Mark Lamberti’s gesture a drop in the ocean

2014-10-19 15:00

It should be increasingly difficult for South Africa’s top executives to justify their enormous pay packages, given the furore over excessive pay, the country’s high level of unemployment, and the huge disparity between the highest- and lowest-paid employees at companies.

But somehow, it is not. Most CEOs and top executives in the private and public sectors feel entitled to the millions of rands they earn each year, citing, when pushed, international comparisons and their onerous responsibilities.

Mark Lamberti, the new CEO of the Imperial group, is one of very few CEOs to have done some introspection on this issue and acted on it.

He will forfeit his salary and bonuses, and at his suggestion, Imperial will make those funds available to children of employees earning below a threshold for the payment of university fees. He still intends to make money in his job, but through agreements which will see him get shares in the future should he meet certain performance criteria.

As part of this agreement, he has also committed shares he has bought.

Lamberti is not a pioneer. Johann Rupert, who held top positions at Richemont and Remgro, where his family are major shareholders, has donated his salary and benefits to charity for years.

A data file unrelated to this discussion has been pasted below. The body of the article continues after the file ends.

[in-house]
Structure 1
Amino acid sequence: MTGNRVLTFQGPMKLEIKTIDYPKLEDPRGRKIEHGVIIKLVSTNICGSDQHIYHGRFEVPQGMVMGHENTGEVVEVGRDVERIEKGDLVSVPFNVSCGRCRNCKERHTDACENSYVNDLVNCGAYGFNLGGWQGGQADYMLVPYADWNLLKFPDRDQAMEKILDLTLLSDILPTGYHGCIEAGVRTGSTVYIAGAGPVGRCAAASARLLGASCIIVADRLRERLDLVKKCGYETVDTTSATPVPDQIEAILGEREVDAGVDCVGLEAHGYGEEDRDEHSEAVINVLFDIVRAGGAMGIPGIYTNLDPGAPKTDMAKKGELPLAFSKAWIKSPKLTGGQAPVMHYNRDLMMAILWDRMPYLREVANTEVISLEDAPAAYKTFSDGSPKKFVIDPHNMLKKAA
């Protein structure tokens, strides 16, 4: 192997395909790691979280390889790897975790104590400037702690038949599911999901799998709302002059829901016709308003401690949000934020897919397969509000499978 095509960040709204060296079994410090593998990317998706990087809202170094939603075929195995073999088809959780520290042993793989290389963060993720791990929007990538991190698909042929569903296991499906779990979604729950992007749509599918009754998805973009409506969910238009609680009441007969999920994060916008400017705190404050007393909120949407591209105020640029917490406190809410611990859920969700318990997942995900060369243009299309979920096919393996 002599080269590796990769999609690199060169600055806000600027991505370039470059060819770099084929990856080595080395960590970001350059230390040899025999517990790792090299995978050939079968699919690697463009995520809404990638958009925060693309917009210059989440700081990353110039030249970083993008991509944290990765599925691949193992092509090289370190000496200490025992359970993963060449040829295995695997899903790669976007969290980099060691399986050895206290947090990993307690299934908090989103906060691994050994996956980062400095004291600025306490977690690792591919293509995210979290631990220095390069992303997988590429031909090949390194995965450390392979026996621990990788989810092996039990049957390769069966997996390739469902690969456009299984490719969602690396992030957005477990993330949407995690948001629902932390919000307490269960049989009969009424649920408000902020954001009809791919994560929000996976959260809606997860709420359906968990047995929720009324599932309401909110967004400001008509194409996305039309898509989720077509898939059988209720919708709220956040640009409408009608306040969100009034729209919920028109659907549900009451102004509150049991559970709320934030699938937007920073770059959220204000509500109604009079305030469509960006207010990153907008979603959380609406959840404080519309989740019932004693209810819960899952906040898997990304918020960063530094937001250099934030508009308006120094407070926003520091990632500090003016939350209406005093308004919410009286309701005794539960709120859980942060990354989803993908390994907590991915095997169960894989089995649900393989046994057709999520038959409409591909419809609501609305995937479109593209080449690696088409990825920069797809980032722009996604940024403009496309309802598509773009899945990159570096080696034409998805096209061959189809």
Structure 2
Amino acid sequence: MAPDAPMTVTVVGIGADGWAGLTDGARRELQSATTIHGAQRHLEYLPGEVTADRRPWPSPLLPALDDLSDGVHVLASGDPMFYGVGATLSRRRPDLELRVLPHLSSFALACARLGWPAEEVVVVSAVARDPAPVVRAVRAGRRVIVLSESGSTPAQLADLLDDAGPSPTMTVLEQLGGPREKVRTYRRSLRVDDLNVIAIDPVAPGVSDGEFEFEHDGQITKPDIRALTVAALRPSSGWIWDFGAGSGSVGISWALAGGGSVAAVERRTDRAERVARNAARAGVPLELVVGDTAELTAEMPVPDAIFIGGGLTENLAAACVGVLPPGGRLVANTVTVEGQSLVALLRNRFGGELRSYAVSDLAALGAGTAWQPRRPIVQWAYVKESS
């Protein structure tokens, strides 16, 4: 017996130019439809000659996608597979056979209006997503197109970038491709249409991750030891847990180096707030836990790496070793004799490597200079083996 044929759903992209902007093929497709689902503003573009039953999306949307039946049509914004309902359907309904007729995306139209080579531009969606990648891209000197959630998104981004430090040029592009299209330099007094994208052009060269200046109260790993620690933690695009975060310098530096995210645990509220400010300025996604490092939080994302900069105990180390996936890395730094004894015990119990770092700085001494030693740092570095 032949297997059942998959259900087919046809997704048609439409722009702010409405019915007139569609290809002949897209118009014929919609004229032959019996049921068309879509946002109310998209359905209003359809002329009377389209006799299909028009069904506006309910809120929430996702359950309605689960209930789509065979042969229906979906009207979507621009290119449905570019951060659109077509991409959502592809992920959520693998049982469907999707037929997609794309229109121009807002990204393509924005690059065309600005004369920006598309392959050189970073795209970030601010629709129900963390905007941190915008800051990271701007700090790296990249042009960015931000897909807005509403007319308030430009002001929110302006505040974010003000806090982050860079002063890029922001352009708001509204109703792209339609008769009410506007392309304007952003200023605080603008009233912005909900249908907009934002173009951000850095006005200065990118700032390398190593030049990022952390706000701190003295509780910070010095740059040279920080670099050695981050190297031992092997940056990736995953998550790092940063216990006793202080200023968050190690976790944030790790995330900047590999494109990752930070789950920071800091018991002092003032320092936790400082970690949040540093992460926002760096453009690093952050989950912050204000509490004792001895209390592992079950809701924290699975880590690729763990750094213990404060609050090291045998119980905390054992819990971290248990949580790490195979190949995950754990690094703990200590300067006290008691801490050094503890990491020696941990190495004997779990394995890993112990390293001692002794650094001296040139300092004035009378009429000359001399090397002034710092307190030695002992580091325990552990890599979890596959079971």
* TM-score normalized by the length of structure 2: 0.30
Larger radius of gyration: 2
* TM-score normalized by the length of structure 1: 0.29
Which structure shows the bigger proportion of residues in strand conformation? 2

Koos Bekker, the former CEO of Naspers, which owns this newspaper, took no salary but had a share-linked performance contract, now worth billions of rands. Ketso Gordhan, the former CEO of PPC, and a number of other executives have, from time to time, taken salary cuts or freezes.

These are all a drop in the ocean as executive pay and an ever-growing list of benefits continue to mushroom while low-level workers are finding it increasingly difficult to make ends meet. To make matters worse, these workers need to support more unemployed family members and many companies set below-inflation wage increases.

But Lamberti’s initiative is commendable. He is required to work hard and make a difference, for his benefit and that of his employees, before he reaps any financial gain.

His company’s success will be his and if he achieves it, it is doubtful anyone would begrudge him the financial benefit.

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